B.C. tax exemption hearing moved back

By Ryan Wynne

The Department of Revenue (DOR) will have to wait a bit longer before advising Washington retailers that British Columbia residents can buy goods in Washington without paying sales tax.

A restraining order barring the department from sharing that opinion with retailers will remain in place for an extra week.

The order is part of a case in which local governments have banded together to challenge a recent DOR ruling that would allow Canadian shoppers to forgo paying sales taxes on some purchases in Washington.

According to legal staff for the city of Bellingham, the hearing, which was originally scheduled for July 9, was moved to July 16.

The restraining order was issued by Skagit County Superior Court Judge Susan Cook in response to an action filed by the city of Bellingham and Whatcom County.

Local governments contend that British Columbia and Ontario’s new harmonized sales tax is in fact a sales tax, and are disputing the DOR’s assessment that the new system is not a sales tax. If Cook determines the DOR’s ruling is correct, B.C. residents would be entitled to claim the tax exemption under a 1965 state law that provides sales tax exemptions for residents of any state or province with a sales tax of less than 3 percent.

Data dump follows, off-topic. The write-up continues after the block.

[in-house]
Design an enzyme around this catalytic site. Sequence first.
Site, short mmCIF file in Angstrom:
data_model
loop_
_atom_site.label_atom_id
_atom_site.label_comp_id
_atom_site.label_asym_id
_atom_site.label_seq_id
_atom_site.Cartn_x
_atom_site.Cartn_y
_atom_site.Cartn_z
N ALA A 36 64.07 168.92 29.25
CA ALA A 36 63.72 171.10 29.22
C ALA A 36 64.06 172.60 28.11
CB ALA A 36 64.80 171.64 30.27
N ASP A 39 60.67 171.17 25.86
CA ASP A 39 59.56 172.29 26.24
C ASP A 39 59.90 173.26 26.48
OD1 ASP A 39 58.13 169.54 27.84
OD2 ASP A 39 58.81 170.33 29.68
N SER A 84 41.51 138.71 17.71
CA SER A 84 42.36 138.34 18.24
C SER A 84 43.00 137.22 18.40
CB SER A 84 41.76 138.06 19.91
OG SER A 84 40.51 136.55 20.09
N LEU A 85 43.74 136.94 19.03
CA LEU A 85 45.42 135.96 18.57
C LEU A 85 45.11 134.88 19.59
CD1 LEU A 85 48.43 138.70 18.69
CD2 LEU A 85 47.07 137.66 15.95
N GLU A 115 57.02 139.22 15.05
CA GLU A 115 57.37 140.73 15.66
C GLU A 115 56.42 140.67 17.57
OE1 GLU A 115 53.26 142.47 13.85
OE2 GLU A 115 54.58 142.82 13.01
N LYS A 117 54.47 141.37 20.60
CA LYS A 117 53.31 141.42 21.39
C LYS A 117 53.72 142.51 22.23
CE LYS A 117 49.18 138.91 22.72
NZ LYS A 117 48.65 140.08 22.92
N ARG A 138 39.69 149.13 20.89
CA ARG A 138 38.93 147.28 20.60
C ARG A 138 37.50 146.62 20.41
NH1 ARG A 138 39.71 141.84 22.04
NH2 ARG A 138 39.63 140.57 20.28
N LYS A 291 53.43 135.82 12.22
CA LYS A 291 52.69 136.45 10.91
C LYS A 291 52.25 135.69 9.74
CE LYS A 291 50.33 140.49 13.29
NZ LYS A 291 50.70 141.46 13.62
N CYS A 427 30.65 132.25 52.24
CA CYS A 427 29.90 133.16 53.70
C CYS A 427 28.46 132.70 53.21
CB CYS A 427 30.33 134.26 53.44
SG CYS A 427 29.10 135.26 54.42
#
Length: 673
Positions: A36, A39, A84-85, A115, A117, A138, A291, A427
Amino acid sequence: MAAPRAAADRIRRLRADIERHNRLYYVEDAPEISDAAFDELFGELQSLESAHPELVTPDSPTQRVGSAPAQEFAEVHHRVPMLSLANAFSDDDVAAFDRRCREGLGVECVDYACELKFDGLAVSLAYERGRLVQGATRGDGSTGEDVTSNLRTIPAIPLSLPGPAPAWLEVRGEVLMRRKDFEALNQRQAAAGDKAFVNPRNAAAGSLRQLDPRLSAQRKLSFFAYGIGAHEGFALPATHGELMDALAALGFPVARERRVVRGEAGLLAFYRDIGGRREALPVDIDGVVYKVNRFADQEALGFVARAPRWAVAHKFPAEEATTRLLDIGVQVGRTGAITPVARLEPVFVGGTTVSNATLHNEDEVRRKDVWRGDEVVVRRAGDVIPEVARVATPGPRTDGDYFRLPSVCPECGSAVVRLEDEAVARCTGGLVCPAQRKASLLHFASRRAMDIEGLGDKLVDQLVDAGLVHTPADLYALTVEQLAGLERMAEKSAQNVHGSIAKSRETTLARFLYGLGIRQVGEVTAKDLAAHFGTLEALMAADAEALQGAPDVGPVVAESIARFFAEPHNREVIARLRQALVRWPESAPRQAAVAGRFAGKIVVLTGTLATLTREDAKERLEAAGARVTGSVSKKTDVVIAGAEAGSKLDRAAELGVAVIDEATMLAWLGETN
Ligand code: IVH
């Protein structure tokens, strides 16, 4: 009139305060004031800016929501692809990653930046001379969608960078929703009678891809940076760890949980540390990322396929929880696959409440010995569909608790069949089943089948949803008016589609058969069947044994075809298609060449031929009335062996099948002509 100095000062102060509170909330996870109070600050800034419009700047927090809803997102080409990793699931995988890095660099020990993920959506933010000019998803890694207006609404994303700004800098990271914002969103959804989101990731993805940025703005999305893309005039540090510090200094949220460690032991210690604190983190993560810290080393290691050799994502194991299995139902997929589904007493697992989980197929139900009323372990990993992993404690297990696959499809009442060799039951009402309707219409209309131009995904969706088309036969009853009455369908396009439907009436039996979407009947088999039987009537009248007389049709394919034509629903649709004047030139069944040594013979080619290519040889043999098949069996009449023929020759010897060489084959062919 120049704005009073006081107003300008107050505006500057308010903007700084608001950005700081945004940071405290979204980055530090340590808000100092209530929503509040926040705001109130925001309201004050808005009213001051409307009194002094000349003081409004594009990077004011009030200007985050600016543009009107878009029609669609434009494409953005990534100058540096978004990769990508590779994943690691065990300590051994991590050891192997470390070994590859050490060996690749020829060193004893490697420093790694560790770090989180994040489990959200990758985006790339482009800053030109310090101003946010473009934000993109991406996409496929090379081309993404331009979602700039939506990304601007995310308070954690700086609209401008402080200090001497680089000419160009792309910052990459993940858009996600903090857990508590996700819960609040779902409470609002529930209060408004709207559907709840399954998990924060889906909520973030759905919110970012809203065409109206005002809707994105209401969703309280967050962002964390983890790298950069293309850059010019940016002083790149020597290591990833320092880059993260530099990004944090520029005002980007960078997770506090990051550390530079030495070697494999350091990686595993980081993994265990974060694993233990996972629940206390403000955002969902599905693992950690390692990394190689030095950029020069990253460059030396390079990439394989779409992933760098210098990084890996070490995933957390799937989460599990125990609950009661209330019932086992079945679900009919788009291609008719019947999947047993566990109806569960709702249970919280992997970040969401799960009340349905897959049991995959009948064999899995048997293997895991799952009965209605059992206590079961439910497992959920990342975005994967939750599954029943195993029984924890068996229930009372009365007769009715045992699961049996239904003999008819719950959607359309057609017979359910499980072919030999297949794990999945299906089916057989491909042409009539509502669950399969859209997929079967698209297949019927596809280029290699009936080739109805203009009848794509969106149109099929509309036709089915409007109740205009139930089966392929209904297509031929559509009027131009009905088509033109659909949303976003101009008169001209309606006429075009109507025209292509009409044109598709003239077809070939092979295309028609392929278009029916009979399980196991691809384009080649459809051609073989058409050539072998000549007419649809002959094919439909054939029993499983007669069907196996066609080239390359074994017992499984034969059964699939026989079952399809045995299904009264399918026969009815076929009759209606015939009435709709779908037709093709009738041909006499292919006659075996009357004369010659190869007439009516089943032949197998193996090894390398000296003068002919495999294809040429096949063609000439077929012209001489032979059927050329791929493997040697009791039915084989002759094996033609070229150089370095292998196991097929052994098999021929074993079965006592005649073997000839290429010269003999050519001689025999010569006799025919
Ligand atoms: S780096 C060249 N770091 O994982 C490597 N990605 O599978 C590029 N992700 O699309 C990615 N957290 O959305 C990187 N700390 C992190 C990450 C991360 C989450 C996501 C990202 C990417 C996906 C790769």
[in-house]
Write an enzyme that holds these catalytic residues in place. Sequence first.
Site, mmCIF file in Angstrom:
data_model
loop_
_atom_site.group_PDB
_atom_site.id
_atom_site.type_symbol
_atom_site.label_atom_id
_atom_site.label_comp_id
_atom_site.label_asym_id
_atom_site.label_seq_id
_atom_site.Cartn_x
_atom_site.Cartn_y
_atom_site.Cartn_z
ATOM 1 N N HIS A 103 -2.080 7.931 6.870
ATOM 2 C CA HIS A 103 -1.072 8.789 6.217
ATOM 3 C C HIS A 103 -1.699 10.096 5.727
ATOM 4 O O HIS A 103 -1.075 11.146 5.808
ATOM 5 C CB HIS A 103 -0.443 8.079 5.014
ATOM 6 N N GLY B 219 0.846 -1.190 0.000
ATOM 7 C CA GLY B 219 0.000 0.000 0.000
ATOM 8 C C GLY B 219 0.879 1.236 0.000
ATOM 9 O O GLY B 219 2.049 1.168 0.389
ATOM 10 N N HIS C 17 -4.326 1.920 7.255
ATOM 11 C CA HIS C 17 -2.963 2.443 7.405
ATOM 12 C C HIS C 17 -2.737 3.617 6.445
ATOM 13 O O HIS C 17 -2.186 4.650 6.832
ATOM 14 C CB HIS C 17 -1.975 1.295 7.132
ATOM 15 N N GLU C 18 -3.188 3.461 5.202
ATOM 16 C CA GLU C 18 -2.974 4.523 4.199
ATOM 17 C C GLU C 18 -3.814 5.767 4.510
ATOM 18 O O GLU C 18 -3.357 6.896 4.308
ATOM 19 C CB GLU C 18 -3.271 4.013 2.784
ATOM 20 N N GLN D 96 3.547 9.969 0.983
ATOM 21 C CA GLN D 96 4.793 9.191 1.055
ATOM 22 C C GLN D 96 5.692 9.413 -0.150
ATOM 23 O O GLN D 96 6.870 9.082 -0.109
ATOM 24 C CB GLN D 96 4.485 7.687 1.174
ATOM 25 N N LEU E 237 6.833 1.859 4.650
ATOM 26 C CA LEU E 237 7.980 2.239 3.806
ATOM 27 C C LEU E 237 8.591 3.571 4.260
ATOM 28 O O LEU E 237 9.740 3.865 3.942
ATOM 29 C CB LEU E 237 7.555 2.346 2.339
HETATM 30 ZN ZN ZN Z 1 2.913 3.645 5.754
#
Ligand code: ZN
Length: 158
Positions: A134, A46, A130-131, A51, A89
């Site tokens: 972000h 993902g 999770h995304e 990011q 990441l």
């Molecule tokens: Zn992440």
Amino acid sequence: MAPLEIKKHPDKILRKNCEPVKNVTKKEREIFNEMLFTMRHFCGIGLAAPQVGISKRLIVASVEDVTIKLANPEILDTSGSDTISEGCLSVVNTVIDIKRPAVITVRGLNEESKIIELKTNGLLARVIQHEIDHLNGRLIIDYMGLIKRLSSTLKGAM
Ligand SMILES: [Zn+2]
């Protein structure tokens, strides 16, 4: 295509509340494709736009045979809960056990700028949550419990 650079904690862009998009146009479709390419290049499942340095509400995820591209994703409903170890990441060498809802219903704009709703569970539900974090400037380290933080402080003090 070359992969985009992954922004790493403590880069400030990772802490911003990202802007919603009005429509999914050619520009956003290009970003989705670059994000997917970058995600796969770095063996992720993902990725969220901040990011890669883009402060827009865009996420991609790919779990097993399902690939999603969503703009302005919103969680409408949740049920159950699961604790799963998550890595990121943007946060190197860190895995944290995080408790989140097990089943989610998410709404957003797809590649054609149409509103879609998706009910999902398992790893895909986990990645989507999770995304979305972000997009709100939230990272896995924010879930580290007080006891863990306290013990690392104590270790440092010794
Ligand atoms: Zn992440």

Using available figures, Bellingham Finance Director John Carter estimated that city sales tax collections could be reduced by $600,000 to as much as $1.3 million per year.

As per the judge’s order, retailers that offer the exemption may be liable for any unpaid tax if the court determines that B.C. residents should not have been afforded the nonresident sales tax exemption.

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